Common aggregations of “normal” crystals are associated with relatively warm air, and occur from both collisions and electrostatic charges. Huge aggregated snowflakes, as large as 15 inches (38 centimeters) across, and four inches (10 centimeters) thick, fell on January 28, 1987 at Fort Keogh, Montana. They were said to look like milk‑can lids. Apparently, those clouds contained large electrostatic charges.

There is no shortage of fascinating material about snow and winter weather. Find books like “Tornados, Dark Days, Anomalous Precipitation and Related Weather Phenomena” by William Corliss or Corydon Bell=s “The Wonder of Snow.” Run a web search for Ukichiro Nakaya and his Museum of Snow and Ice, or punch in “snowflakes and ice crystals” for hundreds of photos of crystal types, diagrams, and studies.

Practice seeing the magic of snowflakes, as you stand surrounded – or buried – by them on a perfect winter day here in Paradise. You may remember these moments fondly next August…

I have always loved snow – although there are moments when so many flakes are piled onto a heavy shovel that I struggle to recall the wonder of each individual flake.

Happy winter.

Why You Should Love Hunters

Written by Jim Huckabay on January 15, 2016. Posted in Uncategorized

“We cannot simply say we are conservationists… concerned for wildlife’s future. We must demonstrate this… over and over again. Only by doing so can we convince society of our concern for the wild others we pursue and protect…” Shane Patrick Mahoney

On Sunday, Dec. 13, Homey Steve Douglas and I took a run to Spokane to hear Shane Mahoney speak to the Wolf Advisory Group (WAG), of the Washington Fish and Wildlife Commission. The advisory group is comprised of a cross-section of citizens and organizations with interests in the wolves of Washington – from anti-hunters to birders to sportsmen/women to ranchers and so on. At earlier meetings, the ranching community had discussed its perspectives and issues with the WAG, and the environmental community had made a presentation. Shane was invited to speak on behalf of the hunting community, as he has done in one or another forum dozens of times across North America,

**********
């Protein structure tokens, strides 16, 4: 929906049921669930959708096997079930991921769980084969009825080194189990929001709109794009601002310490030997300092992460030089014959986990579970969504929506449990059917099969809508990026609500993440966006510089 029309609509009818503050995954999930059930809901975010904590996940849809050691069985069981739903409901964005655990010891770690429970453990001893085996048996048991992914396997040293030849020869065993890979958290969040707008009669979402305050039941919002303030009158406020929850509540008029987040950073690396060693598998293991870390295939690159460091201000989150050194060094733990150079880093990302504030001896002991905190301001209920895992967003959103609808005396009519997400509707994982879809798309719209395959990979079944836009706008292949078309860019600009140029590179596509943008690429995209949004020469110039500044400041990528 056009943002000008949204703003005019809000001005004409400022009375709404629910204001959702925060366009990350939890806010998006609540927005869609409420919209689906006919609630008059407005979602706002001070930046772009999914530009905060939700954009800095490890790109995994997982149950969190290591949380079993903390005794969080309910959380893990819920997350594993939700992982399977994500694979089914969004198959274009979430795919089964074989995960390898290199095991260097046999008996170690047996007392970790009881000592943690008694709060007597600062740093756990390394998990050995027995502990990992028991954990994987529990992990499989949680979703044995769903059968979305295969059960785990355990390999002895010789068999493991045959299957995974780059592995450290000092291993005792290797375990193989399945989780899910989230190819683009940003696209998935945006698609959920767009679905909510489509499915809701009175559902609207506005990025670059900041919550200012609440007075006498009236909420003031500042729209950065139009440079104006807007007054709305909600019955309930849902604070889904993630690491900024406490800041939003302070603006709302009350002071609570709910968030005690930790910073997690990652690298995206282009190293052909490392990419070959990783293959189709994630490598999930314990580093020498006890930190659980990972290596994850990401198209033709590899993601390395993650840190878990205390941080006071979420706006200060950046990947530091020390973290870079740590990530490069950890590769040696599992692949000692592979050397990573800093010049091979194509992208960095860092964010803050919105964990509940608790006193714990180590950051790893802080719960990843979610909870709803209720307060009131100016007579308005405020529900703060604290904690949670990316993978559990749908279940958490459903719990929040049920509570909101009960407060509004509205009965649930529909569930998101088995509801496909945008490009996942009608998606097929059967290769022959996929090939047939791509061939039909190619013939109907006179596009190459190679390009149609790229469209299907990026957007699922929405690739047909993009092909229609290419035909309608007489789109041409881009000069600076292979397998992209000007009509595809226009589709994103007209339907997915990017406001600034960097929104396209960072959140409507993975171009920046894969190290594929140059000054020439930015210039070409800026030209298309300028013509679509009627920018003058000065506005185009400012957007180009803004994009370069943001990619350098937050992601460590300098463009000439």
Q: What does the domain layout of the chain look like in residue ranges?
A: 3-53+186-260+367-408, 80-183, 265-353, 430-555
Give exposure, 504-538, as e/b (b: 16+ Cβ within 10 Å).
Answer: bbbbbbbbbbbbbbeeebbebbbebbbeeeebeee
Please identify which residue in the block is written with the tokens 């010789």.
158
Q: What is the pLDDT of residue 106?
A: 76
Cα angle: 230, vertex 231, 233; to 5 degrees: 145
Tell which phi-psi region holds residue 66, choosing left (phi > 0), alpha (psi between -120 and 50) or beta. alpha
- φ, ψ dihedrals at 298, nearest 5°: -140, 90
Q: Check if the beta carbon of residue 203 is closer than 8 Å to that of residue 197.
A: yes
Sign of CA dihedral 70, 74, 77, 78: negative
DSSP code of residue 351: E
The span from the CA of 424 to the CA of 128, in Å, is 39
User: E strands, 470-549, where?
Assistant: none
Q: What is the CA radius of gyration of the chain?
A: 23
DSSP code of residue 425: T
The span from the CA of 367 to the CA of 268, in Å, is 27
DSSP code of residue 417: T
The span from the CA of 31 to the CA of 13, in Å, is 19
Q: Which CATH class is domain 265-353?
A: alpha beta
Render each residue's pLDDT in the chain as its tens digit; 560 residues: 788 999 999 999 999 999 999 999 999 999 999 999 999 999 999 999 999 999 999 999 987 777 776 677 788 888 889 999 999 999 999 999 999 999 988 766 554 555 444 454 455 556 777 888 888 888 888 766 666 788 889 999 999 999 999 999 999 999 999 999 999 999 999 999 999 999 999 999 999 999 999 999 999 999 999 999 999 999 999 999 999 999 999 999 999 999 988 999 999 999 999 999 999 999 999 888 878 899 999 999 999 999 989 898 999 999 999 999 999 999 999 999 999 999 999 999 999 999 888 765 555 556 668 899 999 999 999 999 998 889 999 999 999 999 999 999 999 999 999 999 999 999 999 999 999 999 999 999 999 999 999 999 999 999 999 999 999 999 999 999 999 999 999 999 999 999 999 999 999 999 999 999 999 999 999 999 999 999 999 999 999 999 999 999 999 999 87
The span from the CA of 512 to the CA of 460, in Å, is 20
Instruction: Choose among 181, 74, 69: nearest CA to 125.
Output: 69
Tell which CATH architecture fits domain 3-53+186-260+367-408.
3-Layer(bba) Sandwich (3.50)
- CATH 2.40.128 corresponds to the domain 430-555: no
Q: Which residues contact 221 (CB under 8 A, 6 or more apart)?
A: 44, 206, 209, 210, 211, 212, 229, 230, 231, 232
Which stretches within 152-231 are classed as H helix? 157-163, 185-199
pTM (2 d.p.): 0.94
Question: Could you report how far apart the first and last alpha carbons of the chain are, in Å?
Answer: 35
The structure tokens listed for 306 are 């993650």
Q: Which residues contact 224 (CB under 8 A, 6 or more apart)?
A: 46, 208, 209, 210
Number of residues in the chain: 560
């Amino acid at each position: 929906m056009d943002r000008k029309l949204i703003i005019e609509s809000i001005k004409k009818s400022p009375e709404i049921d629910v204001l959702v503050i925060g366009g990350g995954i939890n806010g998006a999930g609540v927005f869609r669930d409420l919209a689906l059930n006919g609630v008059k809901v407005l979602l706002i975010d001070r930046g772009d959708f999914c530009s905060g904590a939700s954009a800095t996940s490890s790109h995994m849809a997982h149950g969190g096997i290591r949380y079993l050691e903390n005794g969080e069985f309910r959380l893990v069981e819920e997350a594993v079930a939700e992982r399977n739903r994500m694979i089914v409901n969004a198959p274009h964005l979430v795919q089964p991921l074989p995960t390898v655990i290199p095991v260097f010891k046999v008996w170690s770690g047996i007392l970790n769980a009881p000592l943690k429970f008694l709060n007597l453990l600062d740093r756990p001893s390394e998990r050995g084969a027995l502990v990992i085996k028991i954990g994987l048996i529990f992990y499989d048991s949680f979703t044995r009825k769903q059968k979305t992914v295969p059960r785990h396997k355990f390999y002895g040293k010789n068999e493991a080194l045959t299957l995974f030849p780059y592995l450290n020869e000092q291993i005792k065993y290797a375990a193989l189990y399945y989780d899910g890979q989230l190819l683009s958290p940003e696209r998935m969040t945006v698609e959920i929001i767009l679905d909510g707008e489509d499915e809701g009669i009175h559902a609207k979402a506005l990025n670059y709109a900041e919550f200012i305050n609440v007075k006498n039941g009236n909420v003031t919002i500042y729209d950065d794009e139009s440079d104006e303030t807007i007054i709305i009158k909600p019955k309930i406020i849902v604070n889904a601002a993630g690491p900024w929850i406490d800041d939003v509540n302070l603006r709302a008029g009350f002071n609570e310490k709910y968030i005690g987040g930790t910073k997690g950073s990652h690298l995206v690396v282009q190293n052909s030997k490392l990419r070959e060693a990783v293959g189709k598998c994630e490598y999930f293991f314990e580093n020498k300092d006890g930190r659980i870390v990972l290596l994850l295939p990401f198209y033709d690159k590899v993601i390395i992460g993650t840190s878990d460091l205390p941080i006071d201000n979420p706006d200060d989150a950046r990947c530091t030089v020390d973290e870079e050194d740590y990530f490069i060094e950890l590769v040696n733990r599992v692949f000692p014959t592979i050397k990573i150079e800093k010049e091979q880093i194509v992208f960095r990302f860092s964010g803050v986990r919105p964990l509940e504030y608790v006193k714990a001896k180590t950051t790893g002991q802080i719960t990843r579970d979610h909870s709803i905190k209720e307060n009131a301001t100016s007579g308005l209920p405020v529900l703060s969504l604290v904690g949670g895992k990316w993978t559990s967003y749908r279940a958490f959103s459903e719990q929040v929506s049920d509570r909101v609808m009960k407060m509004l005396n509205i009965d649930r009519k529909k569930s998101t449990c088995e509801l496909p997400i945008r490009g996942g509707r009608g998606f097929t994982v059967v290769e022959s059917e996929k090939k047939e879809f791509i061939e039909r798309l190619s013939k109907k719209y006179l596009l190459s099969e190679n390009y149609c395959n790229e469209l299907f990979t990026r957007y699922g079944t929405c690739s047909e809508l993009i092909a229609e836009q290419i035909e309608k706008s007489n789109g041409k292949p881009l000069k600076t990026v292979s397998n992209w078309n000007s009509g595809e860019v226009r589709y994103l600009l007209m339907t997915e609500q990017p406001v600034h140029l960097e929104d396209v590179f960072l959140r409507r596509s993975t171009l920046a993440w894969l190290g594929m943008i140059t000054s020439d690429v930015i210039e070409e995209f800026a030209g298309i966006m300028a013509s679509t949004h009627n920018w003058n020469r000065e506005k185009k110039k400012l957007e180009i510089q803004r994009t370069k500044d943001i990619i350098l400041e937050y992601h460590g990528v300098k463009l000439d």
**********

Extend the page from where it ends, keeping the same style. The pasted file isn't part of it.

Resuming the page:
Shane is considered one of the world’s foremost authorities on the North American model of conservation. Our model of wildlife conservation is unique in most of the world; its principles are near and dear to the hearts of those of us reared in our hunting traditions, yet we rarely are successful in efforts to share them with the non-hunting public. Thus, Steve and I drove three hours east.

Mahoney is president and CEO of Conservation Visions, with a graduate degree in zoology and more than three decades of work in Canada and North America as a scientist, wildlife manager, policy innovator and strategic advisor. Add to that, filmmaker, writer, narrator, TV and radio personality, and lecturer to the scientific and professional wildlife communities, as well as the hunting and non-hunting public. His work has been published in more than 50 scholarly papers, 18 peer-reviewed journals and eight book chapters, and he has written more than 100 articles for such magazines as Outdoor Life, Sports Afield, North American Hunter and Sweden’s Big Game. He is steadfast in his support of sustainable use, and deeply committed to helping the general public understand the history and facts of North American wildlife conservation.

Within Shane’s message is a simple, yet profound, concept: wildlife made us human; we all must recognize our responsibility to our wild others; and all our human perspectives must find common ground to ensure the future of wildlife as the planet changes around us.